Liberating Child Soldiers in the Philippines



“Sometimes I wondered whether my bullet really hit somebody. When the shots are fired, you get the hang of it and killing people seems exciting.”

At a time when she should’ve been in high school, Aida (not her real name) was learning how to fire an M16 rifle and move quickly to avoid military raids. She was recruited as a child soldier into the New Peoples’ Army (NPA), the armed group of the local communist movement in the Philippines. She was first tasked with relaying messages from the commander to the field groups and vice versa. She then became a radio operator while also acting as a squad leader.

“Being responsible for other people was distressing. It’s either they die or I die in the crossfire because I am the one leading them,” Aida said. She was one of the five women aged 15-17 who were interviewed by the Quaker United Nations Office for a report on girl child soldiers in 2003.

She seemed to be a brave, strong and intelligent young woman but even then, assuming responsibility for her comrades’ lives was too heavy of a burden for a teenager to carry. Her squad members were actually older than her. She was very familiar, however, with taking on adult duties. While still in second grade, she was already thinking about how to help her mother in providing food for the family. After getting the highest marks in her class, she dropped out of school and worked as a house helper.

Poverty and lack of access to education make children and young people like Aida more vulnerable to recruitment of armed groups like the NPA, the Moro Islamic Liberation Front (MILF), a rebel group in southern Philippines, and even the government-sponsored paramilitary group Civilian Armed Forces Geographical Units (CAFGU). Faced with no foreseeable opportunities to improve their lot in life, they tend to find a sense of purpose and adventure in being a part of these groups.

Aida learned to read and write while in the NPA. She gained confidence and a stronger self-esteem as she worked on community organizing and recruitment in rural areas. She also found security and belongingness in living closely with her comrades. These are crucial needs that a well-functioning community and a stable and economically secure family life are supposed to provide.

She was captured by government forces when a former comrade surrendered and identified her as an NPA member. She was scared of being raped by military men but she said that she got lucky to have humane captors. Others who were caught were reportedly tortured and killed. While in government custody, Aida admitted that she was still interested in the communist movement and strongly attached to life in the NPA. What she would really want, however, is to go back home and see her mother again.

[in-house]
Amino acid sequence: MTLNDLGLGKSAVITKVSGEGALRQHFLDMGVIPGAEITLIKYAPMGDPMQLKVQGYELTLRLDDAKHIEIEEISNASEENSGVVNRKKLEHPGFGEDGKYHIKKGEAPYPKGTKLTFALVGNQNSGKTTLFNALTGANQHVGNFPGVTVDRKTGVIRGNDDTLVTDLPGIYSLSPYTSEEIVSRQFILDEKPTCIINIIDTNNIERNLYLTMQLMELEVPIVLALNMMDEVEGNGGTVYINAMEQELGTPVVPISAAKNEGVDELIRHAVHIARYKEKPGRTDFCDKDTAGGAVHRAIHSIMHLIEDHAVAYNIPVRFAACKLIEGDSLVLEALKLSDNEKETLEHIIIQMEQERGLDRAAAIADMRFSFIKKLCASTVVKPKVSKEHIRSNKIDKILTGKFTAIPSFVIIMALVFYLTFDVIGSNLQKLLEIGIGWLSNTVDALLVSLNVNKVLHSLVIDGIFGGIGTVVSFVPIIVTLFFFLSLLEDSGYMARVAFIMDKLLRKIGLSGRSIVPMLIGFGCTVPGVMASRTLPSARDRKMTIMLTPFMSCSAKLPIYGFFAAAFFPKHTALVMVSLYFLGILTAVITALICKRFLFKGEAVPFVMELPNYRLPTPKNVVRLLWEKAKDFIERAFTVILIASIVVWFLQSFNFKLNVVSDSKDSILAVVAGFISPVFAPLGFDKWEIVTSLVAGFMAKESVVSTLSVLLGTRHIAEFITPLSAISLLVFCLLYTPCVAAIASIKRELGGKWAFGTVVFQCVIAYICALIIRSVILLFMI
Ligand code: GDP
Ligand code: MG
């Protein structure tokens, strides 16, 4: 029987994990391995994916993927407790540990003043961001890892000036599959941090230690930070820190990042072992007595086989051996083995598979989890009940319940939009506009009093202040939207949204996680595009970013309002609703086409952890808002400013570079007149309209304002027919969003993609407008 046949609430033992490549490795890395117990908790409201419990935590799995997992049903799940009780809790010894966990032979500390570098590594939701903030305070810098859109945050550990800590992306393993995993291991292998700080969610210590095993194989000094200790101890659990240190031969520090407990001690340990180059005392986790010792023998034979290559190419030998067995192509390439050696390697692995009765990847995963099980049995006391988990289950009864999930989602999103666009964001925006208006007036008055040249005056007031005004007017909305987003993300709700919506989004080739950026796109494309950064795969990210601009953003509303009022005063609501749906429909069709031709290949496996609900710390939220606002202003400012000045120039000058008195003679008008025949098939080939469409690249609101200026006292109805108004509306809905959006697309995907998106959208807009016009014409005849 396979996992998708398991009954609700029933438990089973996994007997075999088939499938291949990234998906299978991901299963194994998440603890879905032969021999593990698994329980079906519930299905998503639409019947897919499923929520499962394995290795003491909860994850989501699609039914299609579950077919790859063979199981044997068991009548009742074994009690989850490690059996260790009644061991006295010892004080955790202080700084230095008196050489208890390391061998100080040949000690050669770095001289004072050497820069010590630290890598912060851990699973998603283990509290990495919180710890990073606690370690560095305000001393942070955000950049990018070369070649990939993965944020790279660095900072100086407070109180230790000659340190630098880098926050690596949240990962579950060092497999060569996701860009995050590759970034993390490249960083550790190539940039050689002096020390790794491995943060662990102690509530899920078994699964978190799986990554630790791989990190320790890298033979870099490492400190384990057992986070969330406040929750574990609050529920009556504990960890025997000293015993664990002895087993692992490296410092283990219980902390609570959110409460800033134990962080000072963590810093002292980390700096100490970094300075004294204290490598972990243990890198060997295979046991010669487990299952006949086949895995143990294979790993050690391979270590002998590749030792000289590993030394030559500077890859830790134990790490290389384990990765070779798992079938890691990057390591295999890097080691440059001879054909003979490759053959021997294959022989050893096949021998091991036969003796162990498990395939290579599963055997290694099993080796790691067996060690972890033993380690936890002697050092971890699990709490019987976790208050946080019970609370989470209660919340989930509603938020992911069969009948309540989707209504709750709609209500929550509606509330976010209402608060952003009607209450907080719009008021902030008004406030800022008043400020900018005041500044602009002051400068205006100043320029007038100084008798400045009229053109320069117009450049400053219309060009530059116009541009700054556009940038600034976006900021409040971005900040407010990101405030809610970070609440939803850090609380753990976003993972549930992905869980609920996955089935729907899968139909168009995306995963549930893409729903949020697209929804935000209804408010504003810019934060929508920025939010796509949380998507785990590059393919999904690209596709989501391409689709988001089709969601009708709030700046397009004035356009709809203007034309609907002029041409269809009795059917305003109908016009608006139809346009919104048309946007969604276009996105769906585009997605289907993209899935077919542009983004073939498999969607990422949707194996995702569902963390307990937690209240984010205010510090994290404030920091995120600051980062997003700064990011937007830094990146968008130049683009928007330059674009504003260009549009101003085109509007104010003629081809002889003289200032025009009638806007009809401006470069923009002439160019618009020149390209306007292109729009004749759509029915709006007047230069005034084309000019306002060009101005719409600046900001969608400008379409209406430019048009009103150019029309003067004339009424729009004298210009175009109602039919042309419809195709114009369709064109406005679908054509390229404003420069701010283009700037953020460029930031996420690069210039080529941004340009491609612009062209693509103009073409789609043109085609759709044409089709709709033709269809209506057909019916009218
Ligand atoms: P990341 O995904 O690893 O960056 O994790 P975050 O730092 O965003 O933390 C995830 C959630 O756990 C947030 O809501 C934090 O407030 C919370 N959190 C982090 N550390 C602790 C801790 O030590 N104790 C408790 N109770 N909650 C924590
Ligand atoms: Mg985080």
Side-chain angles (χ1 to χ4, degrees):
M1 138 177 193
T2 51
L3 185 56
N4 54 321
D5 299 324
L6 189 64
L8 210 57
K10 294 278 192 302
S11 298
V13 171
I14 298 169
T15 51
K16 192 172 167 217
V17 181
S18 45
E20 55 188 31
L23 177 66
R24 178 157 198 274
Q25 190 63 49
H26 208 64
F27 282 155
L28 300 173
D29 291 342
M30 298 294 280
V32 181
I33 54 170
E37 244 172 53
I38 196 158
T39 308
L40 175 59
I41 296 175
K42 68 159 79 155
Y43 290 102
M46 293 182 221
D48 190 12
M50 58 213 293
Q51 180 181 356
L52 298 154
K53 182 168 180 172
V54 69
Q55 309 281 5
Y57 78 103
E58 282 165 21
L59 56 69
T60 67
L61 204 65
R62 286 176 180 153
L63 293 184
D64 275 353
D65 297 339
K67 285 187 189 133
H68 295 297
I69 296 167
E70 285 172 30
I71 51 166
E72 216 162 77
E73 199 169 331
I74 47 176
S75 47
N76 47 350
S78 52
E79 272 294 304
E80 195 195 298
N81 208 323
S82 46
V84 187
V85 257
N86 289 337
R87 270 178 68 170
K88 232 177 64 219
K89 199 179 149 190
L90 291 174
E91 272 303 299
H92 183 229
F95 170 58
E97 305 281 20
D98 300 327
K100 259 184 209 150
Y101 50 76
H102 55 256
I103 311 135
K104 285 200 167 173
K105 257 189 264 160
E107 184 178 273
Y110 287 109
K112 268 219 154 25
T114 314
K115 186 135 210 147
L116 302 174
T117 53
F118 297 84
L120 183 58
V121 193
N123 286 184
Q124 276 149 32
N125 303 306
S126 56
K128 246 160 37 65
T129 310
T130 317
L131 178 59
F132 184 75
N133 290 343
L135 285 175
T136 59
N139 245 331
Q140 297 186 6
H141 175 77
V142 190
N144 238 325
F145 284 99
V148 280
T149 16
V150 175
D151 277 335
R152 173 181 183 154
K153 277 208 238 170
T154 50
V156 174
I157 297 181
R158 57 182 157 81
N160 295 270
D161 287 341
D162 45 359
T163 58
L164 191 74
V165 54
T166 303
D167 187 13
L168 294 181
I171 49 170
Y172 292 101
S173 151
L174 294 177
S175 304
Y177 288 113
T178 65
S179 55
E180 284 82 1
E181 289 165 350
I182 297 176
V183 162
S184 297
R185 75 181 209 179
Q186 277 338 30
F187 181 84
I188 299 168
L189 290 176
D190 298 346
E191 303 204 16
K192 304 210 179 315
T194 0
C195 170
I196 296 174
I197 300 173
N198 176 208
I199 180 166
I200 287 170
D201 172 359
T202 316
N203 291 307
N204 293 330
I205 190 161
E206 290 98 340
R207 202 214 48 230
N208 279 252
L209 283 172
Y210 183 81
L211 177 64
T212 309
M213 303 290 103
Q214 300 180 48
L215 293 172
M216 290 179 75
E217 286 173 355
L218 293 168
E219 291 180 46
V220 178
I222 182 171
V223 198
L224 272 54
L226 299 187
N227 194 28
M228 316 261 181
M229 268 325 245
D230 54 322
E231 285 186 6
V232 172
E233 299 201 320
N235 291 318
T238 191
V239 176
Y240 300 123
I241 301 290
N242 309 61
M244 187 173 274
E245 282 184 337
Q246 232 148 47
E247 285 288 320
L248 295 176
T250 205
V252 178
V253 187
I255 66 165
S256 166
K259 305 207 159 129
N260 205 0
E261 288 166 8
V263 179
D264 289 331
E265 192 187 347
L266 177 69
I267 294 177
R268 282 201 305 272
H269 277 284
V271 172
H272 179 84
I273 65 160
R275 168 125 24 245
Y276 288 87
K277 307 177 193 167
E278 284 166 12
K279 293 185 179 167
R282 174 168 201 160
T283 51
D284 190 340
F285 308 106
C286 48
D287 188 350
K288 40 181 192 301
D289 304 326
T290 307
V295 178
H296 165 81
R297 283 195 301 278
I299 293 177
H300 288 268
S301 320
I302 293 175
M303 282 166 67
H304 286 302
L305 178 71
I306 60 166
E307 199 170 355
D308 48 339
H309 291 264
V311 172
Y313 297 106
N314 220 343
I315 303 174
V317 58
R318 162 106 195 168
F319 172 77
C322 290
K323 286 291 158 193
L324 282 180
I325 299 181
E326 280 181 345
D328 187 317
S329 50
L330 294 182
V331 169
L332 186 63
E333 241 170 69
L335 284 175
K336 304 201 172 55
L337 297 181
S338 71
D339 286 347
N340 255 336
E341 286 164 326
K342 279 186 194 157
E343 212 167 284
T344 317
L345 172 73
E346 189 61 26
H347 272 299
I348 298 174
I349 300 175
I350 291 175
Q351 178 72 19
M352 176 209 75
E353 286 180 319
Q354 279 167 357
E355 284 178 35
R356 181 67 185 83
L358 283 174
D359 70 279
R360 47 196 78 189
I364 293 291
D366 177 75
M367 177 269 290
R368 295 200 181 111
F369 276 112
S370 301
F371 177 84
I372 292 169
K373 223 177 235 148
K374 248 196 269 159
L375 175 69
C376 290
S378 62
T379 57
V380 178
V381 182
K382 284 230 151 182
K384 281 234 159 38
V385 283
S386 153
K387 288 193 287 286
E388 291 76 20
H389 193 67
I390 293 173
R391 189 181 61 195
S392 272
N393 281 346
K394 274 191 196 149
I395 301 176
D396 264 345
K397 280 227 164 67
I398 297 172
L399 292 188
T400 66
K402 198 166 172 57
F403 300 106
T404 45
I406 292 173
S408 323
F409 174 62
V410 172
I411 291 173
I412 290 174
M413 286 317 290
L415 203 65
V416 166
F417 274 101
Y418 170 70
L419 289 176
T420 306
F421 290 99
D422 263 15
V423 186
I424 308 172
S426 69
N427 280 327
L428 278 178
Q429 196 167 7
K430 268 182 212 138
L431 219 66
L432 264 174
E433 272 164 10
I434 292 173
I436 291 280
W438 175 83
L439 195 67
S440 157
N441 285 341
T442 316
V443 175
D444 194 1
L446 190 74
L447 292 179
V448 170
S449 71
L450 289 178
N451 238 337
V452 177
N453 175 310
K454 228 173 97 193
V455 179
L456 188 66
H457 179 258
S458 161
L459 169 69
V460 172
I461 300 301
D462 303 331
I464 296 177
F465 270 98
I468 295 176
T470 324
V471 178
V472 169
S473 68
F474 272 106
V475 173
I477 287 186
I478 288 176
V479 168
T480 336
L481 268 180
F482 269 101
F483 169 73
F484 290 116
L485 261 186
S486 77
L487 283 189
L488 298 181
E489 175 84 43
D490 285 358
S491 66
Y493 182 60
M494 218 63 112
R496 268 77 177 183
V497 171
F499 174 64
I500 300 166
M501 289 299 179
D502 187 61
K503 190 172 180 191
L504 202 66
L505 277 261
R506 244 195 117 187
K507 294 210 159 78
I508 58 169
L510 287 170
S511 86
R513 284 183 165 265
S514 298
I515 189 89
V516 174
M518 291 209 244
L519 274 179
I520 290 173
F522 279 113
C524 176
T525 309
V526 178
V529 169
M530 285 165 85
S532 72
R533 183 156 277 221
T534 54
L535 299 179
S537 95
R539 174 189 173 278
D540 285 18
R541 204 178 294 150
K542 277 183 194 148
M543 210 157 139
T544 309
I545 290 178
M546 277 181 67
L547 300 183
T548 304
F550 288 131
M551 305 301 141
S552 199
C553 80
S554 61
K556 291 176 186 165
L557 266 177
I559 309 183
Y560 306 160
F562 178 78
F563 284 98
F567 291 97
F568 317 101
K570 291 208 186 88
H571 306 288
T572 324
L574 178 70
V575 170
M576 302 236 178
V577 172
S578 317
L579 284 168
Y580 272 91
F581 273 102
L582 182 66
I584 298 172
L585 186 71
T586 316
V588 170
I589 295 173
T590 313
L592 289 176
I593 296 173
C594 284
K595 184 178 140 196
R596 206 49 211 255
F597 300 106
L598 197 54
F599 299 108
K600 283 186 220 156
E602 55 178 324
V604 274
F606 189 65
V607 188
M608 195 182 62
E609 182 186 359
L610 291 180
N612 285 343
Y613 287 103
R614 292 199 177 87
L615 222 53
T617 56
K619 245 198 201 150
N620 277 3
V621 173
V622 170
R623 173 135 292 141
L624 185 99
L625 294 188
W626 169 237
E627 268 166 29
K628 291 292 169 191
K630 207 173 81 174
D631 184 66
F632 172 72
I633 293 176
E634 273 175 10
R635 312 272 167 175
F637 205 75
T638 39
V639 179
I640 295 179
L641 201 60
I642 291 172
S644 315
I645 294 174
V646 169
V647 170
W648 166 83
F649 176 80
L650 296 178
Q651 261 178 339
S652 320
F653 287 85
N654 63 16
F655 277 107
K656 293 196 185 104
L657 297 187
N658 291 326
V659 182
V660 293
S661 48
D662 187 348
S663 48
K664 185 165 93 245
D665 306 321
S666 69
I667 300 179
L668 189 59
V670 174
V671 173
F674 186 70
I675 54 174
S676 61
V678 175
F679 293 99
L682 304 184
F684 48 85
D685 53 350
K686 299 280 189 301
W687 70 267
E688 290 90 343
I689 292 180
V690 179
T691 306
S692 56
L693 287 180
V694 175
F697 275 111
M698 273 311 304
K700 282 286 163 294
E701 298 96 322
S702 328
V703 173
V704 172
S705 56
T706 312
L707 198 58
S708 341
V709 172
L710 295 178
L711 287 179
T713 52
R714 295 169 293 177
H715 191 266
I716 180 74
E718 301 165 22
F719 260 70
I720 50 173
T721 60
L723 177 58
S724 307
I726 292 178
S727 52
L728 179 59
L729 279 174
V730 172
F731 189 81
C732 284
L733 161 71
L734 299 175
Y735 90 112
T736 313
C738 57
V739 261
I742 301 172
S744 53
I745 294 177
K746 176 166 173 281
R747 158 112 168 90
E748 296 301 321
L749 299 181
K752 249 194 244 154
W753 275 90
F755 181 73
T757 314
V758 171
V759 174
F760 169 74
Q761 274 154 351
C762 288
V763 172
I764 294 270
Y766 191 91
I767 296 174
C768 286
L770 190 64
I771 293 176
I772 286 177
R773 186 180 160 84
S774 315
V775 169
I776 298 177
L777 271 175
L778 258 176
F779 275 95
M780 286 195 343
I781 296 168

“I really want to rest and be with my mother… The best is to go home. I have this feeling that I’d be able to forget about the movement… I just want to laugh. I was always crying [when I was in the movement],” she said. In the battlefield, Aida was forced to be an adult but she was very much still just a young girl who wants a piece of her childhood back.

Eight years after Aida’s story was told, the NPA and MILF have finally agreed to develop action plans to remove minors from their ranks. Radhika Coomaraswamy, United Nations envoy for children and armed conflict, announced last April that she has met with Philippine government officials and the communist and Islamist rebel groups to secure commitments on stopping the recruitment of child soldiers.

Armed insurgencies in the Philippines have been running for four decades now. There have been peace talks, all-out wars and skirmishes in between. Amidst all the violence, children have been involved as combatants, refugees and collateral damage. If it took about forty years to get the government and rebel groups to try and do something about child soldiers, how many more decades then will it take to ensure that children will be completely safe from the wars that adults wage?

Photo A child soldier among the rubble. (Photo Credit: Creative Commons)

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